Yet it’s never as easy as that. In the Gospel text from the 9th chapter of John, Jesus sees a blind man in Jerusalem. Everybody knows him. He has become a fixture on the street corner, begging for a hand-out from all the passersby. The friends of Jesus ask, “Rabbi, who sinned to make this man blind? Did he do something wrong? Or did his parents grieve the Lord?”
Jesus says, “None of the above. Neither he nor his parents sinned. He was born blind, that’s all. If anything, he is an example of how God works in human lives.” With that, he made a salve, rubbed it on the man’s eyes in the manner of all the healers of that time, and told him to go and wash it away. The blind man came back seeing.
Now, that seems to be the work of God – the work of the kind of God that I want to believe in. Jesus goes to a man blind from birth, doesn’t bother to ask if he wants to be healed, and then heals him anyway. That’s the kind of goodness and mercy that doesn’t wait to be asked. It is aggressive grace. Jesus heals the man almost randomly because that is who he is – the healer – and that is how he works – out of the goodness of God’s heart.
The only way that I can make any sense out of that story where three cities of Philistines get hemorrhoids is that it is a satire – a caustic, sarcastic judgment on anybody who tries to steal God for their own purposes. The Philistines plunder the Ark so they can have what Israel has, yet they are not willing or able to live with a covenant that was not intended for them in the first place. They believe, somewhat falsely as it turns out, that if they can grab a hold of Yahweh, then he will be forced to bless them and give them success. It’s the same kind of ploy that many politicians are prone to still use. It’s the same insistence of many counterfeit pilgrims have, that if they keep repeating the old religious words, it will actually make them religious.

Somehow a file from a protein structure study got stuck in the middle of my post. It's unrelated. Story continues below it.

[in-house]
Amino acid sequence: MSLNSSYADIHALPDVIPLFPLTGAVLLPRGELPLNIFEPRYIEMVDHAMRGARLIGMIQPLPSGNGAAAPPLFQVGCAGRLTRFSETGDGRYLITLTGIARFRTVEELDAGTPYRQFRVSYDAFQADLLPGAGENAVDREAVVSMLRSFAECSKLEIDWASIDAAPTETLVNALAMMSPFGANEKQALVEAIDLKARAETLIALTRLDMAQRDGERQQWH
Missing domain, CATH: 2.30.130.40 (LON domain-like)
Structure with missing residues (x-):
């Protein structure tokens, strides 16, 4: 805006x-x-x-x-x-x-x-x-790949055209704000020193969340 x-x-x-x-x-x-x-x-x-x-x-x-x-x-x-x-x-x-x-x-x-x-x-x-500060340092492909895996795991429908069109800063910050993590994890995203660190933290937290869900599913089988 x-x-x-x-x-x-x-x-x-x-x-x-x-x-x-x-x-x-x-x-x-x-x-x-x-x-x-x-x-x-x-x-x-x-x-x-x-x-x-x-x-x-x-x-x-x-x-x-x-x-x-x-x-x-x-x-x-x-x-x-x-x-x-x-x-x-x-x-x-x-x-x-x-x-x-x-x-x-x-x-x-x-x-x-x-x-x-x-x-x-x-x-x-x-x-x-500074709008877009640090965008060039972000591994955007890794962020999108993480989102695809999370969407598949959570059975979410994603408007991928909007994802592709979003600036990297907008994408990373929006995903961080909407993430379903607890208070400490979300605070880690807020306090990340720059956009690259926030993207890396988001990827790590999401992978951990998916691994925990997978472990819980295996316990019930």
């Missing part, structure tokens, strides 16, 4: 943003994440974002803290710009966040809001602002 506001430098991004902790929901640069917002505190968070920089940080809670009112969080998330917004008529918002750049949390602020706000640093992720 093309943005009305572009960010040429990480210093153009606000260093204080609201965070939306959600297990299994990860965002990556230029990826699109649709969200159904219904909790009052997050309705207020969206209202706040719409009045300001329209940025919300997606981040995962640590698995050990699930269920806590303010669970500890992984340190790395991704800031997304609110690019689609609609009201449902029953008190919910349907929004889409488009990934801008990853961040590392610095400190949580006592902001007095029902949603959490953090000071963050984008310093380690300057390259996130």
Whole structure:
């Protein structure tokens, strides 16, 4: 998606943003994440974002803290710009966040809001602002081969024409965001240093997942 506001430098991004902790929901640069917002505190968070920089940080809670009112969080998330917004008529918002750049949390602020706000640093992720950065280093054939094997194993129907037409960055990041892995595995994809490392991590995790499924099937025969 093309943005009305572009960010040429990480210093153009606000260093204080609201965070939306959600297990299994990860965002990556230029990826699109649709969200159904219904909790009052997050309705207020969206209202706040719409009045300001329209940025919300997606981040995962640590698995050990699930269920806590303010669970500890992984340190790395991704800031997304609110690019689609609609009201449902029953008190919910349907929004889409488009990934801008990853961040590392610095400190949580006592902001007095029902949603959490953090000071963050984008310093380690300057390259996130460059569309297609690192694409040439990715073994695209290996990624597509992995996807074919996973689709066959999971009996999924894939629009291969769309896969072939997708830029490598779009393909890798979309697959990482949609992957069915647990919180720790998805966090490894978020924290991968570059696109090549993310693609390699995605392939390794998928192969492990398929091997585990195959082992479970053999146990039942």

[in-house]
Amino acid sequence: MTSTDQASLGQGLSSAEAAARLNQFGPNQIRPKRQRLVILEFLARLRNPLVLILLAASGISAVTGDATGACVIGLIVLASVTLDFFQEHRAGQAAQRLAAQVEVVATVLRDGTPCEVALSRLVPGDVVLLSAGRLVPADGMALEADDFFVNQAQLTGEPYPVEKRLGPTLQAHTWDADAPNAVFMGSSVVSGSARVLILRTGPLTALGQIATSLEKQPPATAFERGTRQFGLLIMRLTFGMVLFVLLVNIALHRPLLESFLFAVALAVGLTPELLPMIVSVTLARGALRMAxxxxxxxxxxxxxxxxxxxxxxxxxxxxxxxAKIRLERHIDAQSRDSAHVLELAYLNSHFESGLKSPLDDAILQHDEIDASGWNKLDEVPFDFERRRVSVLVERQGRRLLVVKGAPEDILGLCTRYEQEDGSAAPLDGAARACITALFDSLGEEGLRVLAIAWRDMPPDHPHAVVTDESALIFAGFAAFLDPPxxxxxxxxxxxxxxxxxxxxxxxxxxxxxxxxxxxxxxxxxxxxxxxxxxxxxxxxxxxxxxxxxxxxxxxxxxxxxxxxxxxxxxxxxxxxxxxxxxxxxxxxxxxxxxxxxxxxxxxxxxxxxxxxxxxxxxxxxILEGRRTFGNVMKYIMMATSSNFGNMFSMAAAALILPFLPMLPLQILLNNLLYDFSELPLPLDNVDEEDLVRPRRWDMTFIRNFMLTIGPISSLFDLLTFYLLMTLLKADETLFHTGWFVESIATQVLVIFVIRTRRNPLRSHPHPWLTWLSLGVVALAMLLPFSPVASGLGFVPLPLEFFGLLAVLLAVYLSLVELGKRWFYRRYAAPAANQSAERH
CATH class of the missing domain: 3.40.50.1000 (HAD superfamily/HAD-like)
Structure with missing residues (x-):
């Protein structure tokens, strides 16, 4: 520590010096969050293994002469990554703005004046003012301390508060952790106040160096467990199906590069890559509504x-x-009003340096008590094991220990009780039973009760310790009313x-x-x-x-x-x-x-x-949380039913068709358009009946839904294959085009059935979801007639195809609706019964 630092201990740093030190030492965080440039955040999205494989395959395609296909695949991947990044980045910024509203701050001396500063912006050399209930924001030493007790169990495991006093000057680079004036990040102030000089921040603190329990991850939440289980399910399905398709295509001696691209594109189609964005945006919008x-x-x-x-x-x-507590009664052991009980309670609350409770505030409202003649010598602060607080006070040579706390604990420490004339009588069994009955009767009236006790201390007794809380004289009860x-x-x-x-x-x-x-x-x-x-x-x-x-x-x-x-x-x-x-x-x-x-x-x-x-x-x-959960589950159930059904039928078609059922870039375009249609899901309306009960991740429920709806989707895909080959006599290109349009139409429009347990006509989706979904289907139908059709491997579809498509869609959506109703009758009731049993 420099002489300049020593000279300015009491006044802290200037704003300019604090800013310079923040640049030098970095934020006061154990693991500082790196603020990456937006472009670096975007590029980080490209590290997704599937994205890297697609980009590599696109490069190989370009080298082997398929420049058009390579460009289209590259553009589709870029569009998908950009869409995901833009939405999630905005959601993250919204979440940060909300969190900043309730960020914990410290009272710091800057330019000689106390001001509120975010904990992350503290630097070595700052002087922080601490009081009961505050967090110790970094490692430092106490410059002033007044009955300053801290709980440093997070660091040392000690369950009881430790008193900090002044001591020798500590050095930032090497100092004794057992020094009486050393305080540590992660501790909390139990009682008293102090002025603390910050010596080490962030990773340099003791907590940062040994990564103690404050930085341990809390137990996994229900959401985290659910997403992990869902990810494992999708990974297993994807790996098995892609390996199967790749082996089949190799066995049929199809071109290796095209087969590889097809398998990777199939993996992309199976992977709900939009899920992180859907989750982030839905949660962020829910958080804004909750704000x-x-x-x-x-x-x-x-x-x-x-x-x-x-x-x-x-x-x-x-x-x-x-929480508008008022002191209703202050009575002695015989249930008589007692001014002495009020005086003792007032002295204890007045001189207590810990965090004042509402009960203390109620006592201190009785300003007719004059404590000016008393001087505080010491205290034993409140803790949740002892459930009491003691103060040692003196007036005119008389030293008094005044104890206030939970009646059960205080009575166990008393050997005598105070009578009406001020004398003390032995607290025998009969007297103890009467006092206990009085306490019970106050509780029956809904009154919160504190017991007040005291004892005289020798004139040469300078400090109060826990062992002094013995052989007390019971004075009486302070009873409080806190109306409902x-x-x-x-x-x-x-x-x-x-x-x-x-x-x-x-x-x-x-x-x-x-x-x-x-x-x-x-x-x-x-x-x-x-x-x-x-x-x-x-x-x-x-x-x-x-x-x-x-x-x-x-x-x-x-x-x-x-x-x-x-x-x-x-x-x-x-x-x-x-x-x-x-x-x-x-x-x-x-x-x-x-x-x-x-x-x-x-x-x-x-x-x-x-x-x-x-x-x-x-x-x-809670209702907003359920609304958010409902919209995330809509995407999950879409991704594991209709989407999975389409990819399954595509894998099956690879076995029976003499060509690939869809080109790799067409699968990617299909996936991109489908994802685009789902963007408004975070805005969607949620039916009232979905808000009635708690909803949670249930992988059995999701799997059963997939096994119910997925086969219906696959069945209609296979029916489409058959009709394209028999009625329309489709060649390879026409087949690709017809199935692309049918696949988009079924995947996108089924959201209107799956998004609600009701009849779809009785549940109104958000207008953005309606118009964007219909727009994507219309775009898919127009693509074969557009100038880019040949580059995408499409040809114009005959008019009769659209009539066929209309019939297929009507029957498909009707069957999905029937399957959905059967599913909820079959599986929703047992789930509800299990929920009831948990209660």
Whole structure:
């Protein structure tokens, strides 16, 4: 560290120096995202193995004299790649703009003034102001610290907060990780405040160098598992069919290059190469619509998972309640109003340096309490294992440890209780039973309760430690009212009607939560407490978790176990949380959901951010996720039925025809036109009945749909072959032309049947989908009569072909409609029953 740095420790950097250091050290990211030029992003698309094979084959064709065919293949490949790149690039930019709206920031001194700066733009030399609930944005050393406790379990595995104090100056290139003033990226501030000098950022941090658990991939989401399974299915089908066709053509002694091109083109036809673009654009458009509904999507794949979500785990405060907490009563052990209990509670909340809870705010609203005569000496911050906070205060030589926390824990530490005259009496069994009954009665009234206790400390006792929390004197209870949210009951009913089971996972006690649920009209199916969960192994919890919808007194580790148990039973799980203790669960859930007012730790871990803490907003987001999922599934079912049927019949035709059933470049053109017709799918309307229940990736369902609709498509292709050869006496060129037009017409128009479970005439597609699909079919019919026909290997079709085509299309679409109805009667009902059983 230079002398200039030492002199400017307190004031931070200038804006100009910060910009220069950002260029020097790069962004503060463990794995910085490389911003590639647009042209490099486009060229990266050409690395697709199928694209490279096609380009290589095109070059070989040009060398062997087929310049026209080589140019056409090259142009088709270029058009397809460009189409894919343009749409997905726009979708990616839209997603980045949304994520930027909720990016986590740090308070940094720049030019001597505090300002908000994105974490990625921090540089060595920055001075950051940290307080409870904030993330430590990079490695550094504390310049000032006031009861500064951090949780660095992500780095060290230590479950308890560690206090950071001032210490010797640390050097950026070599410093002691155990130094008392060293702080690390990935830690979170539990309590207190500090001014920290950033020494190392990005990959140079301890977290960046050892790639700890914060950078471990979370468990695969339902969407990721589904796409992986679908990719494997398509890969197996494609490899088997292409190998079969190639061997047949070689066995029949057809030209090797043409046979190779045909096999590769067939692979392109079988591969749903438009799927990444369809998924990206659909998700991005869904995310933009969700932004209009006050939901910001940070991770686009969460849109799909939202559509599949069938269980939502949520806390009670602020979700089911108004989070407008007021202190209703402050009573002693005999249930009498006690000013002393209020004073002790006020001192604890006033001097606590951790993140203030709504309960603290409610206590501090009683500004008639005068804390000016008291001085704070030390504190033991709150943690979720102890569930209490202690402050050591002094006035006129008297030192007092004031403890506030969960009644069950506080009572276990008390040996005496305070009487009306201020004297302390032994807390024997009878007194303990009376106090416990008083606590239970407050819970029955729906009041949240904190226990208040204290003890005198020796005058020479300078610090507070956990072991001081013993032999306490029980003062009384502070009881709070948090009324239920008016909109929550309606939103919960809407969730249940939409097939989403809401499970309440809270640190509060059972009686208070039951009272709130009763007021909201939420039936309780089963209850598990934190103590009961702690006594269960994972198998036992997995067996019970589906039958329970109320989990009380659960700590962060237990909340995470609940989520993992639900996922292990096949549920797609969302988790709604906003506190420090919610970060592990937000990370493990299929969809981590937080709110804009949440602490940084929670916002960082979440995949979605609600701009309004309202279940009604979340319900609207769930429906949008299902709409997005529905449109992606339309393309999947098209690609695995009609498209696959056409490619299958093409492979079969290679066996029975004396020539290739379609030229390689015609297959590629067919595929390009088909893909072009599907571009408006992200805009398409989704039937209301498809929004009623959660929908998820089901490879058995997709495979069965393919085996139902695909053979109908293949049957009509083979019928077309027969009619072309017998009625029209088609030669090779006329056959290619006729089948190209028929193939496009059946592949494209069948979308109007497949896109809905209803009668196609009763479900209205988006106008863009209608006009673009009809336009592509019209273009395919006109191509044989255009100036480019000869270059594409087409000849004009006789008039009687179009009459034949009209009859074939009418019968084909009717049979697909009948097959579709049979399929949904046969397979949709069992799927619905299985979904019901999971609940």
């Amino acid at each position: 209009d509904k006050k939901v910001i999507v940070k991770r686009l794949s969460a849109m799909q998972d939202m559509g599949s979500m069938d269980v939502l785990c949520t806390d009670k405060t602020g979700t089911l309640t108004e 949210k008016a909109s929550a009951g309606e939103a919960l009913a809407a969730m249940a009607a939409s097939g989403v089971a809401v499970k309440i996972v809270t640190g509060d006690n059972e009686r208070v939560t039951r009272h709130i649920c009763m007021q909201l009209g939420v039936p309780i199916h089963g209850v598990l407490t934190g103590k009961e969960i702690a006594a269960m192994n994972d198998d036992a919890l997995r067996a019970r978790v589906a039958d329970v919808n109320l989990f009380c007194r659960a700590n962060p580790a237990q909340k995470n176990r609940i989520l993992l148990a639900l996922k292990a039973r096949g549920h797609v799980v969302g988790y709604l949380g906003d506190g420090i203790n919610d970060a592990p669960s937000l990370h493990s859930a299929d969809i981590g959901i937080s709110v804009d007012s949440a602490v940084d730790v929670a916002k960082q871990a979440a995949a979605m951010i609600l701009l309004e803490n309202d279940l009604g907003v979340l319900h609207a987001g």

Ah, either you live as if God loves you or you do not. Either you live by the Torah’s instruction to be a blessing to other people or you do not. Either you honor God with everything you do, or you end up grabbing for what it not yours.
What the Philistines painfully discovered is that the one true God, the God of Israel, is strangely indifferent to all of our striving. It is possible to reach for a big piece of holiness and miss it entirely. People still do that.
Meanwhile, the deeper purpose of Yahweh is revealed. God shows steadfast love to all who honor him. God remembers those who do the commandments and not merely cart them around. God comes to us in Jesus to forgive all iniquity, to heal every disease, to lift life right out of the Pit. God is the One who crowns people with love and mercy. God alone can satisfy every hungry heart with overwhelming goodness, provided, of course, that the heart is willing to be satisfied with what God provides.
So that’s it. I’ve been trying to figure out how to end a sermon like this, but I don’t know how. I’m just going to stop. Some of the Philistines have been sitting for entirely too long. Now it’s time for all of us to stand and sing.
 Susan Sparks, Laugh Your Way to Grace (Woodstock, VT: SkyLight Paths Publishing, 2009) 32.
(c) William G. Carter